Tag Archives: Charlotte Rampling

Eavesdropping at the Movies: 101 – The Little Stranger

You find us in contemplative mood, picking apart a film described by José as “genuinely puzzling” and Mike as “The House with a Doc in Its Walls”. The Little Stranger builds light gothic horror around class and ambition in 1940s Warwickshire, a stately home providing the setting of the action and focus of Domhnall Gleeson’s town doctor.

With some difficulty, we attempt to grasp the film’s themes and intentions, never quite feeling we get the full measure of it. It doesn’t help that it basks, to some extent, in ambiguity, and also that half the lines are mumbled so as to be rendered truly unintelligible. There are things we like, particularly its sure sense of era and class, and its rich production design, but we can’t overall say we recommend it.

What we can recommend, though, is a visit to Evesham’s Regal Cinema, where we saw the film. A multipurpose venue that hosts live shows as well as regular cinema screenings, it oozes charm and style. A leisurely Sunday drive amongst sunny A roads took us there, and what a lovely day was had by all. Even if the film was a bit disappointing.

The podcast can be listened to in the players above or on iTunes.

With José Arroyo of First Impressions and Michael Glass of Writing About Film.

Eavesdropping at the Movies: 88 – Red Sparrow

We catch up on home media with an erotic thriller that, while it fails to titillate, offers a fascinating portrayal of totalitarianism, sexuality, control and ownership of the female body and the way power is expressed through it, revenge, and more. Jennifer Lawrence stars as a ballet dancer forced into working for the state as a honeypot, tasked with seducing Joel Edgerton’s CIA operative for the purpose of smoking out his mole.

We are in agreement on the extravagant thrill of the opening, and the electifying darkness of the sex school’s complex dynamics and brutal methods. Mike is less interested in what occurs when the action moves into the field, and holds out hope for an ambitious (and insane) conclusion; José, more realistic, expounds on why the film’s developments should be interesting enough for Mike as they are. The plot grows convoluted, the visual design less expressive, but ultimately we love what Red Sparrow offers and wish we’d caught it when it was at the cinema.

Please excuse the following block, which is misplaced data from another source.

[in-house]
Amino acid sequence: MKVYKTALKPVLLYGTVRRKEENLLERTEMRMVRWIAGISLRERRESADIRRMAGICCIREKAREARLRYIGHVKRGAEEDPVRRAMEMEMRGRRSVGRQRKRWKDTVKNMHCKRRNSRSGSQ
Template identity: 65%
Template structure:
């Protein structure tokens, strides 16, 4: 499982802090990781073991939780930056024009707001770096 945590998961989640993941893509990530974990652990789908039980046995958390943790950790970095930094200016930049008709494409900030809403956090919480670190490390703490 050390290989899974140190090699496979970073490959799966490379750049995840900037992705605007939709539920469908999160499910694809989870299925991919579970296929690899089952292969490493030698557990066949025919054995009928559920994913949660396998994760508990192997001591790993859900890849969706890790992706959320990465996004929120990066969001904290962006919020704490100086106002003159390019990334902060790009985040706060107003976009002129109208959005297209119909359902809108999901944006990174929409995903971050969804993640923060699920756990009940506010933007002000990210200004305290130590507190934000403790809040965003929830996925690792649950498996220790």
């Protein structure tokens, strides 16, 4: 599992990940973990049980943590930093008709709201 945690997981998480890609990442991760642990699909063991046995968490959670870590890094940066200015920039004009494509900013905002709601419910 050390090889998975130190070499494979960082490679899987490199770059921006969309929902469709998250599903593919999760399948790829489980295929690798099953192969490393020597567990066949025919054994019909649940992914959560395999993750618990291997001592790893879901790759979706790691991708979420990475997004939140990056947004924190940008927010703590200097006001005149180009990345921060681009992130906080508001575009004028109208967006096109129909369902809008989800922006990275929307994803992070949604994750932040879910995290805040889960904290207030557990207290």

The podcast can be listened to in the players above or on iTunes.

With José Arroyo of First Impressions and Michael Glass of Writing About Film.

‘Who I Am’ by Charlotte Rampling

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I got buyer’s remorse instantly and too quickly. I hadn’t looked properly or I wouldn’t have bought the book. I hadn’t realised it was originally written in French, by Christophe Bataille, that it was a translation, by William Hobson. Somewhat surprising for an English actress. Athough not, I suppose,  if one accepts that Charlotte Rampling has made her home in France for most of her life and is mainly famous for her work for Visconti, Liliana Cavani, Woody Allen and François Ozon. It’s a slim book too. ‘Not much for 12.99,’ I thought. The disappointment continued in the first few pages, written in that slightly abstract attempt at poetic elliptical thought that is so often the curse of French writing: ‘I look in the mirror and see a woman I do not recognise. A mosaic face made up of random pieces chosen by chance. A collection of expressions chosen and rearranged to form a face.’ Sigh.

After finishing the book, something that did not take long, I realised how wrong my first impression. Who I Am is a beautiful and handsome book, physically lovely to see, touch, handle. It’s also much more personal and revelatory than a conventional biography. We get to know of Rampling’s childhood, are introduced to personal letters of her parents’ first meeting, her growing up, her relationship with her sister and particularly her father, the devastation to both first when the sister dies then when her death is revealed to be suicide. All lavishly illustrated with what amounts to a very personal family album. We get to understand the roots of the reticence, beauty, daring – that sense a whirlpool of feeling, much of it melancholic, all under the surface, that Rampling has expressed so well in over four decades of cinema. The story is fragments of memory, as told to friend and as written by a poet. It’s very moving, lingers in the mind and makes you want to reread passages to make fuller sense of an initial premise:

‘The laughter and the tears become indistinguishable. We lock them away. For the Ramplings, the heart is a safe. Kept by generations, the family secret becomes a legend. We only know how to keep silent.

People stare at you. They come closer. They back away’.

 

In spite of the co-authoring, the rendering and writing, the translating, this beautiful book also ends up seeming a very English book.

 

José Arroyo

 

Who I Am, by Charlotte Rampling with Christophe Bataille, translated by William Hobson, London: Icon Books, 2017.